Motherhood Four Years On

1 Mar 2020

Willow turned 4 in January, which honestly blows my mind because it feels like only yesterday that my partner and I were starting a family together. Now we're a family of four with a 4-year-old who will be starting Primary School later this year. The first few years of Motherhood have been, for me, like an absolute whirlwind, so I think it's safe to say I've learnt a few lessons along the way. Here are the four things that stand out to me the most, that I have learned since becoming a Mother.

A picture of a four year old toddler

001. You learn the true meaning of patience. I thought I was patient before becoming a parent, but the patience you learn as a parent is something else entirely! Little humans are not to be reasoned with (not only because reasoning is something your brain masters at an older age), sometimes you really have to pick your battles and going slow isn't always the worst thing in the world. I like to think I am far more patient now that I ever was pre-motherhood, I just hope that patience sticks around as the girls get older - teenage years, I'm looking at you!

002. You should always say yes to "...just one more bedtime story.". Encouraging a love of reading goes without saying, but even when you want bedtime to be over and done with, that extra story is worth every last word. It's those moments, those peaceful happy bedtimes, that your little ones will remember when they're older; not how much you needed to get downstairs and put the dishwasher on.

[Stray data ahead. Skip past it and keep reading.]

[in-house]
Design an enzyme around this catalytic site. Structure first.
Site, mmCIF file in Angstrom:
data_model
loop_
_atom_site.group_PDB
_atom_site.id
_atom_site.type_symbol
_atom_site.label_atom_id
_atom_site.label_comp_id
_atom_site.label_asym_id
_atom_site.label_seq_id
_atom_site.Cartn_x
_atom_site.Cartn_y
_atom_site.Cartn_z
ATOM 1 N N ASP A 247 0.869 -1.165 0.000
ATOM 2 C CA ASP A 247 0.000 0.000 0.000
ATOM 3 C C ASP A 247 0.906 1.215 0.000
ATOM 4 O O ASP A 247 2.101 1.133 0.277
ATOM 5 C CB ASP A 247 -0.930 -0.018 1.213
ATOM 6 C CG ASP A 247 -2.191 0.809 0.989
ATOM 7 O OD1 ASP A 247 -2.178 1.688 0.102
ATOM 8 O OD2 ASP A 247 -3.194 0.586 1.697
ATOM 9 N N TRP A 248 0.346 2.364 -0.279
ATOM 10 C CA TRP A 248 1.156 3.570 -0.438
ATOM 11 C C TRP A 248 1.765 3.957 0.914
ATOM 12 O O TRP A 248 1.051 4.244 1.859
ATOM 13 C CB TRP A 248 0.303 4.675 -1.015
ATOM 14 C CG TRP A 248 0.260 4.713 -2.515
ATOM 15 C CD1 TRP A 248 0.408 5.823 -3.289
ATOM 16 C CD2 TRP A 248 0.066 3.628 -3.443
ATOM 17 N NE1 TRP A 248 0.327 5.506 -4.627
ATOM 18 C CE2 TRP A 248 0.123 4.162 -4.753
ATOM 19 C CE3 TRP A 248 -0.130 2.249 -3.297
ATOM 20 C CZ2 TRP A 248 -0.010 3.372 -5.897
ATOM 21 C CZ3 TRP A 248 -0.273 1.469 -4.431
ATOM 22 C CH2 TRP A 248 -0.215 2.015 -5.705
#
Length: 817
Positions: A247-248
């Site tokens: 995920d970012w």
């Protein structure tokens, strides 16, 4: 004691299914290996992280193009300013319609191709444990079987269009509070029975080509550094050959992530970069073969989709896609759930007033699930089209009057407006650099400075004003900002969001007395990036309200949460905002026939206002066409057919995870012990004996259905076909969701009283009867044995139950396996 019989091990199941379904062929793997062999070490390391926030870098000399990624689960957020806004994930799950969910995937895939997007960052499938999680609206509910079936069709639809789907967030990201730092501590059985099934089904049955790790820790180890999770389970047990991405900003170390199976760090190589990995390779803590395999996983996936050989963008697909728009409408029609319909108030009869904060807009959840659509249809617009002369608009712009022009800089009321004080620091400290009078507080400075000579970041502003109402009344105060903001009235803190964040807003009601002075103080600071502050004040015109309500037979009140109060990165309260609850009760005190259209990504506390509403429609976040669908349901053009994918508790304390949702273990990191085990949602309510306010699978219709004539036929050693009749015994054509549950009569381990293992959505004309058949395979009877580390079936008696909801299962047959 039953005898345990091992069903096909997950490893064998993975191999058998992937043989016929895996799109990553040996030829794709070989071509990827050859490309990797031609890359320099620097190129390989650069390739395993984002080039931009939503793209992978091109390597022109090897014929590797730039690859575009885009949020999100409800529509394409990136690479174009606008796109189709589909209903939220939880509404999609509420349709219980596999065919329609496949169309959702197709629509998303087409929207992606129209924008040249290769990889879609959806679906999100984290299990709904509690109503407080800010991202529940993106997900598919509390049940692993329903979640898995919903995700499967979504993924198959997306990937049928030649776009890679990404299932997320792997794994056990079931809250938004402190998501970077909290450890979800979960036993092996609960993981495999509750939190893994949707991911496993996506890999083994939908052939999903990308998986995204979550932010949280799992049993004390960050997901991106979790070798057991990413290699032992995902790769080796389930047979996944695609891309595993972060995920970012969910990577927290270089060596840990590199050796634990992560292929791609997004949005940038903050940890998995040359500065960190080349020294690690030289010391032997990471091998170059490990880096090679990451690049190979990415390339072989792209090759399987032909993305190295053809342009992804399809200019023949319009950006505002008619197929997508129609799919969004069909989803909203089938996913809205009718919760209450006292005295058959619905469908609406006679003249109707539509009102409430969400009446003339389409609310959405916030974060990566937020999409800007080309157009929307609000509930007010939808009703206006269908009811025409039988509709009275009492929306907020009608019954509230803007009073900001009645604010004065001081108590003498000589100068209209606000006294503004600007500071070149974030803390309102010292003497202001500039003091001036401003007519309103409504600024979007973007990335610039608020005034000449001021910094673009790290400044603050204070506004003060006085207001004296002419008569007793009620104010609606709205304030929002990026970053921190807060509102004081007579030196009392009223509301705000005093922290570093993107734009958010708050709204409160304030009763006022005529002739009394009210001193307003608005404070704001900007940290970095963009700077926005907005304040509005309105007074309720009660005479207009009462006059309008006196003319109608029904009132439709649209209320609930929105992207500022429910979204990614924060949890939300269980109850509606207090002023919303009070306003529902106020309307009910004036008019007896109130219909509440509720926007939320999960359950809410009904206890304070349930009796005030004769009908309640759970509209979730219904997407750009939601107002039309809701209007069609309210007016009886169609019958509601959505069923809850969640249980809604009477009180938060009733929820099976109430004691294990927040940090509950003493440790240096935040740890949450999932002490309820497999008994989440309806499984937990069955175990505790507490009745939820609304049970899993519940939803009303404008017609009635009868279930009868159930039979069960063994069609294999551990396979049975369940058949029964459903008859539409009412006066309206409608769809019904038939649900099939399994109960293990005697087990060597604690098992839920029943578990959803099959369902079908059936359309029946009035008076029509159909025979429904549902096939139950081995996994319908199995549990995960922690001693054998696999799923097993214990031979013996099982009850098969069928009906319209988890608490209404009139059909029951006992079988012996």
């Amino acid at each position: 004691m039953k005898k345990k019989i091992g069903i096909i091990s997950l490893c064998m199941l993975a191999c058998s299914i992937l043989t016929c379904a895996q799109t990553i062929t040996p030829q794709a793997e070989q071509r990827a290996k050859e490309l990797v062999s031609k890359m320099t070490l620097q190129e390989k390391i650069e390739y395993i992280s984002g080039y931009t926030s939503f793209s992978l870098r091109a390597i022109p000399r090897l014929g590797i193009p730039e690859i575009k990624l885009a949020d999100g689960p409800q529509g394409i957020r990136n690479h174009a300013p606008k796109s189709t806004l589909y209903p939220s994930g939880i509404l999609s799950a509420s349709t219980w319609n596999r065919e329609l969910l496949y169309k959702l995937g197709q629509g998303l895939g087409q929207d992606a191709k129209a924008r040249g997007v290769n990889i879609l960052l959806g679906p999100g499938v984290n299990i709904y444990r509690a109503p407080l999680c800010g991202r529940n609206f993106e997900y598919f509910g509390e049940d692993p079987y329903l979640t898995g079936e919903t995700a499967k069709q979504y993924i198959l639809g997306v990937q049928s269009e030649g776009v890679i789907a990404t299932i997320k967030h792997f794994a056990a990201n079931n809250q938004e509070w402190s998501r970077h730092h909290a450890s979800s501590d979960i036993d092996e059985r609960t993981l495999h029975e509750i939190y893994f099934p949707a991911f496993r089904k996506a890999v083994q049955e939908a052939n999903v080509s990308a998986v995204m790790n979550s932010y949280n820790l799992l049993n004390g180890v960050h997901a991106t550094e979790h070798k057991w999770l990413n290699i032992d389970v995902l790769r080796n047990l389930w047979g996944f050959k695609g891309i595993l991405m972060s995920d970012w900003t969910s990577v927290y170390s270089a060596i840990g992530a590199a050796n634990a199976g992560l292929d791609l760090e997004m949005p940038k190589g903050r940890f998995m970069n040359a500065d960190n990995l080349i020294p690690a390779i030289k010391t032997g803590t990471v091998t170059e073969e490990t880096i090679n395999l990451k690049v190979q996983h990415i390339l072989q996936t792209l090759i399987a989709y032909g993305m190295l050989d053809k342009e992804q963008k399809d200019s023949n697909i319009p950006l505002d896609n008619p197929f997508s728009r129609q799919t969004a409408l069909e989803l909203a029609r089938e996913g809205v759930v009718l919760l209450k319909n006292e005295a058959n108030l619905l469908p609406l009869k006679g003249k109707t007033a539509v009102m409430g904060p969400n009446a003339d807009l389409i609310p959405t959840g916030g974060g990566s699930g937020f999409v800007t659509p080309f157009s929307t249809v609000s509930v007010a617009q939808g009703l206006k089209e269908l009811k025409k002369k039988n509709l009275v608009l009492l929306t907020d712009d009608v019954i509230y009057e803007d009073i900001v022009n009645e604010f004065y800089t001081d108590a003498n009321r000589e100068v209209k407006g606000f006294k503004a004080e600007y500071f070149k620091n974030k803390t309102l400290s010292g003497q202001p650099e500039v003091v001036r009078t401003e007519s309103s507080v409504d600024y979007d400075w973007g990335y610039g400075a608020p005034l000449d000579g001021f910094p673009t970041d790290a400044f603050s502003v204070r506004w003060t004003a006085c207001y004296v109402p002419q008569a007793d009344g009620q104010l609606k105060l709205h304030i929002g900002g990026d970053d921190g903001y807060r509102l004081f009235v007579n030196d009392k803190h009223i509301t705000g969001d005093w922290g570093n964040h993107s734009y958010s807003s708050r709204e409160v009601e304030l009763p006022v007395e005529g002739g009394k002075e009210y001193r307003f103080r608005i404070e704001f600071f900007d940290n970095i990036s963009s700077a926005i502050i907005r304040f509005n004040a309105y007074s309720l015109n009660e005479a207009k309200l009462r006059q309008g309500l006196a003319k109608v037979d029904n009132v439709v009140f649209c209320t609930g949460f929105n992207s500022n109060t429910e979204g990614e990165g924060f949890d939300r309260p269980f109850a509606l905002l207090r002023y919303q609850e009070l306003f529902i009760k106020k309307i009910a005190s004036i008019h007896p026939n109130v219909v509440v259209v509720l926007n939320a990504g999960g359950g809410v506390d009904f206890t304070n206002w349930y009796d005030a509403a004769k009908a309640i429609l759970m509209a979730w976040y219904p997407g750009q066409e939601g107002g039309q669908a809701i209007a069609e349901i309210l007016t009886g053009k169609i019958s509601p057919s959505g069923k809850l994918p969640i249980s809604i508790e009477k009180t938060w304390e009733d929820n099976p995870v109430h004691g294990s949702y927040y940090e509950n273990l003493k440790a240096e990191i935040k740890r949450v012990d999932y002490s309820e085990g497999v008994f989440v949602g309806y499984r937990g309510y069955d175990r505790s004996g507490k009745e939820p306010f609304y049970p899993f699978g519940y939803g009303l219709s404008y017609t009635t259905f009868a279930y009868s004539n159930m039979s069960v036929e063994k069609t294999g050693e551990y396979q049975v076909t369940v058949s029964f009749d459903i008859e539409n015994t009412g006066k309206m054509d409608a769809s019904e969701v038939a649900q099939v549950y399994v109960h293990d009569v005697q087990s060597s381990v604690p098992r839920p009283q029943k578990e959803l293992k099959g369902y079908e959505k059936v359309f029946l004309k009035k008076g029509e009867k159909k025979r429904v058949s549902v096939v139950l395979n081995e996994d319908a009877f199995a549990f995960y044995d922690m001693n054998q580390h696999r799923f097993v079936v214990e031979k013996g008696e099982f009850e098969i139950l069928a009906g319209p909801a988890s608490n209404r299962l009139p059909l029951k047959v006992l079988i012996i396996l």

003. Tiny humans are like sponges. Yes, when they ask a trillion questions it can be frustrating, and often I have to close my eyes for a second and take a deep breath as I answer the same question for the fifth time in a row as I'm hounded with 'mummy' until it feels like nails on a chalkboard, but the way they soak up information is incredible! Taking the time to explain things, even if you've explained it before, making sure to point things out as you go about your everyday life, sharing your own experiences with your children ('pearls of wisdom'), letting them be inquisitive and helping them to learn and grow, is one of the most important things you will ever do for your child. The first few years of their lives, their 'formative years', shape their future; one day, they won't ask you for answers anymore, so take the chance to help shape their knowledge whilst you can!

004. The love you feel for your children will never stop growing. I thought the newborn stage was meant to like fairytales and then as they get older, it'd just feel like normal love, but it's not. Every single day I still feel that intense, overwhelming, heart-stopping utter adoration for Willow, and Hadley, as if it were my first day with them again. I still look at them and burst into tears because my brain simply cannot comprehend how it is possible to love someone as much as I love them. The way you love your child is unlike any other love you will experience in your life. It is unique, it is special, and it is always, always growing.